Believe brighter days lie ahead. Hold onto hope. Spread kindness. Share inspiration. Bring it on 2021. We await with open arms.

Ten Ways to Stay Uplifted and Connected This Christmas

Record highs in Covid-19 cases, hospitals across Europe overloaded, healthcare workers on their knees and hearts breaking from being torn apart from families during the holidays. Due to circumstances we should not travel, but must find unique ways to stay connected.

Virtual caroling: My daughter a doctor in Minneapolis area will be working over the holidays to help stem the tide, but she figured out a way to connect with her grandparents in Illinois. We are going caroling at their virtual doorstep. We practiced a list of Christmas songs on line; I played my guitar in Switzerland and she sang Silent Night, Drummer Boy, Winter Wonderland and other old favorites.

Phone calls have never been more comforting especially with WhatsApp era where we can see one another’s faces on the screen.

Christmas used to be like this

Read books like The Night Before Christmas, Polar Express and How The Grinch Stole Christmas together on Skype with grandchildren, who are quarantined thousands of miles apart from you.

Set up a zoom call where everyone gathers from their own living room. One friend’s family made the Sunday dinner Zoom call a weekly tradition to keep up on her kids in the Carolinas, Massachusetts and Minnesota. Or set up a family games night.

Write an old fashioned card with your own words or better yet a letter. When was the last time you received a real letter in the mail that could be read and reread and cherished forever?

Put up the Tannenbaum. Through the dreary dark days of winter, we wake up to the twinkle of the white lights on our tree.

Light a candle. Say the name out loud in honor of the memory of everyone you have lost this year. Give a word of thanks for each friend and loved one who remains a part of your life even though you may be separated by distance.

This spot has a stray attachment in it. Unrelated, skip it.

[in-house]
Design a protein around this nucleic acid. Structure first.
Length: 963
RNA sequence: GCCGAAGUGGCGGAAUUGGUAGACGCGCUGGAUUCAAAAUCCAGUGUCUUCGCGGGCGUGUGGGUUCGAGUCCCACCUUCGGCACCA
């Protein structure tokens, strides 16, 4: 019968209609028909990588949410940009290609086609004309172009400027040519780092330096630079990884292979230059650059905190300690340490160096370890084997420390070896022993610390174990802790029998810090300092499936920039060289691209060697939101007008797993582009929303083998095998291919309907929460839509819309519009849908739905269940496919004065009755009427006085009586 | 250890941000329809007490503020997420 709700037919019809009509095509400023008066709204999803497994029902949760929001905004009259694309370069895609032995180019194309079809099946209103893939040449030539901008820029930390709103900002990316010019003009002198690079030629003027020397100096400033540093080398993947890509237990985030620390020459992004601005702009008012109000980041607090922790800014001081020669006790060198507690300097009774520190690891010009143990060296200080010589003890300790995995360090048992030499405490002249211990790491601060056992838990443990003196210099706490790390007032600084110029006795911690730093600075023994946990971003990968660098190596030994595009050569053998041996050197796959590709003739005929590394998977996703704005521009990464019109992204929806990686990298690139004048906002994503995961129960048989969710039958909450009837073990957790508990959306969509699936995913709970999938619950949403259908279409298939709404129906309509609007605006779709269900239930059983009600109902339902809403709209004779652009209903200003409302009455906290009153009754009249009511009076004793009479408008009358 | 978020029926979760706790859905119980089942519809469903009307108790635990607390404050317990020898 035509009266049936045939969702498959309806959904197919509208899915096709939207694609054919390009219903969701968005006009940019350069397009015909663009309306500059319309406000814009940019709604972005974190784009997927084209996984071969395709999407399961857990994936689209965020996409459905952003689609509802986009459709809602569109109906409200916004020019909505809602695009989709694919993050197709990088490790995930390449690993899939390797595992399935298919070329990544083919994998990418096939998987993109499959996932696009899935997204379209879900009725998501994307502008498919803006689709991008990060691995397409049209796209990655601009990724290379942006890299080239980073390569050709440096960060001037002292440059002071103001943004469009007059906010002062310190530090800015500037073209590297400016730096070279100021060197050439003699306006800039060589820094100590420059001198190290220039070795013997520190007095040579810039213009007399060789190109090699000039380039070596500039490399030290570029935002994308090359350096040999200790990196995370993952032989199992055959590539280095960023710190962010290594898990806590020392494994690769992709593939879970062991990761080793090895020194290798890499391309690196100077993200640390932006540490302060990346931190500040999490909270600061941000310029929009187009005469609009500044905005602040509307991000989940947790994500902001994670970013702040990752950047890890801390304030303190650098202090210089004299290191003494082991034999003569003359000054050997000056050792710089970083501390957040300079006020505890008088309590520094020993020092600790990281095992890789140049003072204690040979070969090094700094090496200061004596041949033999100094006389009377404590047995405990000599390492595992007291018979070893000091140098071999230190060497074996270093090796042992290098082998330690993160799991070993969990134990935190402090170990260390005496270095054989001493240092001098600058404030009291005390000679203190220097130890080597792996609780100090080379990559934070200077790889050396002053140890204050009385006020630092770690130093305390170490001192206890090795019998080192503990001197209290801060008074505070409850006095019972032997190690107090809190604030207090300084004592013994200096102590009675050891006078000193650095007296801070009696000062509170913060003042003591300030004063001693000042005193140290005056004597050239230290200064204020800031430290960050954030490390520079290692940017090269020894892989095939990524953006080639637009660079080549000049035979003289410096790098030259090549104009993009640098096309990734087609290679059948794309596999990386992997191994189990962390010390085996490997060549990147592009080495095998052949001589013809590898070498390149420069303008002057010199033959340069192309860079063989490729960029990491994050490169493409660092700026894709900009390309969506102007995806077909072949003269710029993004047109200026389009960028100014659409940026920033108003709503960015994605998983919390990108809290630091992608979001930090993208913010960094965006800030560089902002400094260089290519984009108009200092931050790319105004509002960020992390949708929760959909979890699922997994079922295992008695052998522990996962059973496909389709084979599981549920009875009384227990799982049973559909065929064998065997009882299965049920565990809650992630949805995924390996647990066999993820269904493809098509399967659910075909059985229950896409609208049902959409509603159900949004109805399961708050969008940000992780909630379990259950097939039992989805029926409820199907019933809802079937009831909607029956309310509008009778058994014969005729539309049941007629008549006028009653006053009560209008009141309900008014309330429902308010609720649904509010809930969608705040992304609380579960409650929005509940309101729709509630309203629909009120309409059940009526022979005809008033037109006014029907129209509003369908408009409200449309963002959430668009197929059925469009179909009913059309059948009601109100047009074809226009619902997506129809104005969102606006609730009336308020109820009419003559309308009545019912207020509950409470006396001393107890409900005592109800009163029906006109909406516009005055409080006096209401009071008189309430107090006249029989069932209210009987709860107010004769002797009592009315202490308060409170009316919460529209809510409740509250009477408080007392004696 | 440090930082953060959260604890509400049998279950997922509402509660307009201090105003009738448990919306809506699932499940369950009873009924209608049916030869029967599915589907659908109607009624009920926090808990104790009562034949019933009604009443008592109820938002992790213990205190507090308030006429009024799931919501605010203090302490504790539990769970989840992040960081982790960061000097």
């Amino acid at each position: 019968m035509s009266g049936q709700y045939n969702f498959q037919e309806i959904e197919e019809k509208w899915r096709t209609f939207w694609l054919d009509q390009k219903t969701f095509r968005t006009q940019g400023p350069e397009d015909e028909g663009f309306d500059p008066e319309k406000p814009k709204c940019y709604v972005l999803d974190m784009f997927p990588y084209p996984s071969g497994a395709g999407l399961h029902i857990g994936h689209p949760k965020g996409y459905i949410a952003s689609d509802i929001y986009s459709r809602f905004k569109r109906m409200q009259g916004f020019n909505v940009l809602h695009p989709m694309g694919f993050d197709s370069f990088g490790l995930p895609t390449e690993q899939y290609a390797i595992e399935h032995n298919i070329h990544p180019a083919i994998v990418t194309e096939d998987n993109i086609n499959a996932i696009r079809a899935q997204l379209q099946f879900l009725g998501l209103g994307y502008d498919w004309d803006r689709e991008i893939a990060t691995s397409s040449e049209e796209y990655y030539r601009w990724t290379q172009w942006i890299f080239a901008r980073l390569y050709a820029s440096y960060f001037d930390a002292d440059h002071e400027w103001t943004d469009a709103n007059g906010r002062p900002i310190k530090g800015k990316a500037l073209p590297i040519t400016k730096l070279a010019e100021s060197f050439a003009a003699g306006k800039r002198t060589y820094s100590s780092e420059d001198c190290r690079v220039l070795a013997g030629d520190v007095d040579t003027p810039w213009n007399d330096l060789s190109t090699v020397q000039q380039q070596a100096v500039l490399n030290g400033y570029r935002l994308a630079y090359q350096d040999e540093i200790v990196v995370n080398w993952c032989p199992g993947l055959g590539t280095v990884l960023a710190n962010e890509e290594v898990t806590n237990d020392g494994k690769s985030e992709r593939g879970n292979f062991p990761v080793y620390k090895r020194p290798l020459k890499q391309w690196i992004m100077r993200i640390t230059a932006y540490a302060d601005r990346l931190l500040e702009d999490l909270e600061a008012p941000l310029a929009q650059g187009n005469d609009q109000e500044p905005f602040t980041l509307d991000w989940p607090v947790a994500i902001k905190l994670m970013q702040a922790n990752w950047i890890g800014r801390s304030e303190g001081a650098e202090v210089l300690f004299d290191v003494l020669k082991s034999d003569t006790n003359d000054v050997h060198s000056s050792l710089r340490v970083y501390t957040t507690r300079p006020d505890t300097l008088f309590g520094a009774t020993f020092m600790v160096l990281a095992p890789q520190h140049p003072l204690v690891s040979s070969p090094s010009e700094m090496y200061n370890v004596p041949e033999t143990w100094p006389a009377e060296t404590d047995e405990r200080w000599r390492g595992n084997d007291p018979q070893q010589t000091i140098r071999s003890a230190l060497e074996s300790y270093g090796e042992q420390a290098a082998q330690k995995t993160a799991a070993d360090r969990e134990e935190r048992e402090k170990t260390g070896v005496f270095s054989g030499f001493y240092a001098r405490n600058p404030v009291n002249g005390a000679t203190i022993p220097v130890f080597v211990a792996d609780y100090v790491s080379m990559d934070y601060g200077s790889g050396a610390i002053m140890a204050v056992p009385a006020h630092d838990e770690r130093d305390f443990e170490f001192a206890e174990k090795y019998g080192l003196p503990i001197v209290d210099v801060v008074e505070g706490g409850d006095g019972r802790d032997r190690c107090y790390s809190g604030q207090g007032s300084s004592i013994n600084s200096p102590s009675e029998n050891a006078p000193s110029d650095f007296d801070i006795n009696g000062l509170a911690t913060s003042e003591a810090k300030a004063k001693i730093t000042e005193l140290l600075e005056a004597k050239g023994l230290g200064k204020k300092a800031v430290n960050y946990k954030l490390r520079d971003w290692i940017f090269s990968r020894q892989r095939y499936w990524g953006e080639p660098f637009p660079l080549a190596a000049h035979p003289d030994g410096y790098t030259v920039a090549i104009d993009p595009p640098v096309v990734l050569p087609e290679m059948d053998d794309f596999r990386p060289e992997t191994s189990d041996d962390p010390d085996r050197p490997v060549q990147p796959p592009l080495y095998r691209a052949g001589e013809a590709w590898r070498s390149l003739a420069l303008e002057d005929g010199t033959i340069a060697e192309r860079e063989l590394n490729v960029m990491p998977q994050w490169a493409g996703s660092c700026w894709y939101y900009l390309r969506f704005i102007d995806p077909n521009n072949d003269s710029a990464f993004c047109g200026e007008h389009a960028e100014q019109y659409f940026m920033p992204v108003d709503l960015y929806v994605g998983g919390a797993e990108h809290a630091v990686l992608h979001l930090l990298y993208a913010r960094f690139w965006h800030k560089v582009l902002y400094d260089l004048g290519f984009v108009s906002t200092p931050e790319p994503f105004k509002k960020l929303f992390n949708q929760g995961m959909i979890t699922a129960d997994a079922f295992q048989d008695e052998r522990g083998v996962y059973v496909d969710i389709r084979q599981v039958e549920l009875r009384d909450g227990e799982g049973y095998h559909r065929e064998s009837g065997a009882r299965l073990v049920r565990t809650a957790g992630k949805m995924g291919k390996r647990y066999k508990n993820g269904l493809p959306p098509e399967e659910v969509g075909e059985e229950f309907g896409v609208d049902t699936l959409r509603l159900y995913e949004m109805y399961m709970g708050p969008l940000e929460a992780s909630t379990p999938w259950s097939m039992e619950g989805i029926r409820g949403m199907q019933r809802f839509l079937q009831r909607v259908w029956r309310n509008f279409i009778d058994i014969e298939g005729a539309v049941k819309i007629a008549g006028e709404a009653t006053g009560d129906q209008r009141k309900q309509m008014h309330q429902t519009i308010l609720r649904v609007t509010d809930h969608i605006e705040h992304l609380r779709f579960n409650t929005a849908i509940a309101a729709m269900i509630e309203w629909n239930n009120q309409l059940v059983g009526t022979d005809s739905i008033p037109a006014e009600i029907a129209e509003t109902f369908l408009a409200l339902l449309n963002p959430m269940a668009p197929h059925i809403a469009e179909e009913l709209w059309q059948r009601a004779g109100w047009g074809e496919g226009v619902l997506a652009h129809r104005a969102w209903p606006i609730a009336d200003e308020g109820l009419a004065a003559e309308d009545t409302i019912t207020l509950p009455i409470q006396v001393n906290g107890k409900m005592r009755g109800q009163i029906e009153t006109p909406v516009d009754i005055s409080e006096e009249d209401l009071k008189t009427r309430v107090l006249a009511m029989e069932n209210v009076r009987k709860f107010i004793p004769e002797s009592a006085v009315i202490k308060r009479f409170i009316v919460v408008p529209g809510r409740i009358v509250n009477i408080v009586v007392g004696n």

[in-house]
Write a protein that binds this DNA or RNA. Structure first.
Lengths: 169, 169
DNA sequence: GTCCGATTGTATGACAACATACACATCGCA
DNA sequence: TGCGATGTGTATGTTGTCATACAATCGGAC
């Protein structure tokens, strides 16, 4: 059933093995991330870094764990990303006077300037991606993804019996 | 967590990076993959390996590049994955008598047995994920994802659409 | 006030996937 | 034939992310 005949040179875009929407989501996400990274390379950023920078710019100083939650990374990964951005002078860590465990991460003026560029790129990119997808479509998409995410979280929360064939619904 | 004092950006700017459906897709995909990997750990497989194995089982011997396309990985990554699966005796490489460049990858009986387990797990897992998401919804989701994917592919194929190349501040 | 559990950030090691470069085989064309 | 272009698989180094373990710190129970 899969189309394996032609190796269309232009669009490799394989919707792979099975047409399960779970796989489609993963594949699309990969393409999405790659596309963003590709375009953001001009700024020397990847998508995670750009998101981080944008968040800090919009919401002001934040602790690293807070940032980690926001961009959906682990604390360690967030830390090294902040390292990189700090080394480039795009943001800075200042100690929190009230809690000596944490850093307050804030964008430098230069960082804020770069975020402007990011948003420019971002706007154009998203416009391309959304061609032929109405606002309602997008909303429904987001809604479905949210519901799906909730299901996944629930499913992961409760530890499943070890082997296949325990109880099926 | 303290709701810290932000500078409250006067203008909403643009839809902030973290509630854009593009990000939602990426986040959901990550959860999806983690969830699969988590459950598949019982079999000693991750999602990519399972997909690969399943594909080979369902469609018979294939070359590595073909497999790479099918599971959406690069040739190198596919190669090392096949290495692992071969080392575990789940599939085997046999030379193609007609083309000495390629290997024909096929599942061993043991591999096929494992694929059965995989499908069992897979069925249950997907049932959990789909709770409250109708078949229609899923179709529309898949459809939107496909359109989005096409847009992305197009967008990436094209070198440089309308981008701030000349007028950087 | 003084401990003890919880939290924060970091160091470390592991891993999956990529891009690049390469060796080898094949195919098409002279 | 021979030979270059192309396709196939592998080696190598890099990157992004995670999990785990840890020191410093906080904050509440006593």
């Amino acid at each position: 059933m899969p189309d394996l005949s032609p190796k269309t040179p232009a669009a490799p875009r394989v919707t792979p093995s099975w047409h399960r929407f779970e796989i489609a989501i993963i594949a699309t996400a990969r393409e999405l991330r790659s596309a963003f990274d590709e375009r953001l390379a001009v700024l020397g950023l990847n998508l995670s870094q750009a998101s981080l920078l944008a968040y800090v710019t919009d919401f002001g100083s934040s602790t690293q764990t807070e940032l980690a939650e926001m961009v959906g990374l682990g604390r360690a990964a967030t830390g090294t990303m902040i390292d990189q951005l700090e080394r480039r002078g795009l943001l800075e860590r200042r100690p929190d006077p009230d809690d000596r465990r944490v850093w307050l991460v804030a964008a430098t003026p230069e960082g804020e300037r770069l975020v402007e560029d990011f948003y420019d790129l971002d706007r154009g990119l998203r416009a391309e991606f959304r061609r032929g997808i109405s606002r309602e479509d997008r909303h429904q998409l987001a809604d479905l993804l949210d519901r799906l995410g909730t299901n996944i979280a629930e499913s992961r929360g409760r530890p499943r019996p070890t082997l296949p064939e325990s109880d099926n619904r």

Bake cookies – sugar cookies, gingerbread, spritz. Fill the house with the aroma of warm frosting and melting butter.

Hang outdoor decorations. European villages have always put twinkling lights in the chateaus, town halls and corner cafe windows. This year even individual home owners are stringing outdoor lights in neighborhoods to bring joy during this time of darkness where people are confined to homes.

Hold a baby. My niece and nephew-in-law took Covid tests in order to travel safely from their home in Wisconsin to Illinois to introduce their new baby, Hadley Marie, to her great grandparents. My 86-year-old mom, who recently lost her brother to Covid-19, became teary eyed holding her first great grandchild in the circle of life.

In a year where it is especially difficult to feel gratitude, appreciating the giving spirit of the holidays and understanding the value of kind words, thoughtful gestures and strong connections year round has never been more important.

Like so many others, the pain of being apart at this season is especially acute, but it also reminds me of how lucky I am to be loved and to love so much that it hurts.

In the meantime, I focus on the memories of favorite foods, surprise gifts and special traditions from previous get together and practice my singing fa la la la la la la la until we can be reunited again.

Christmas 2018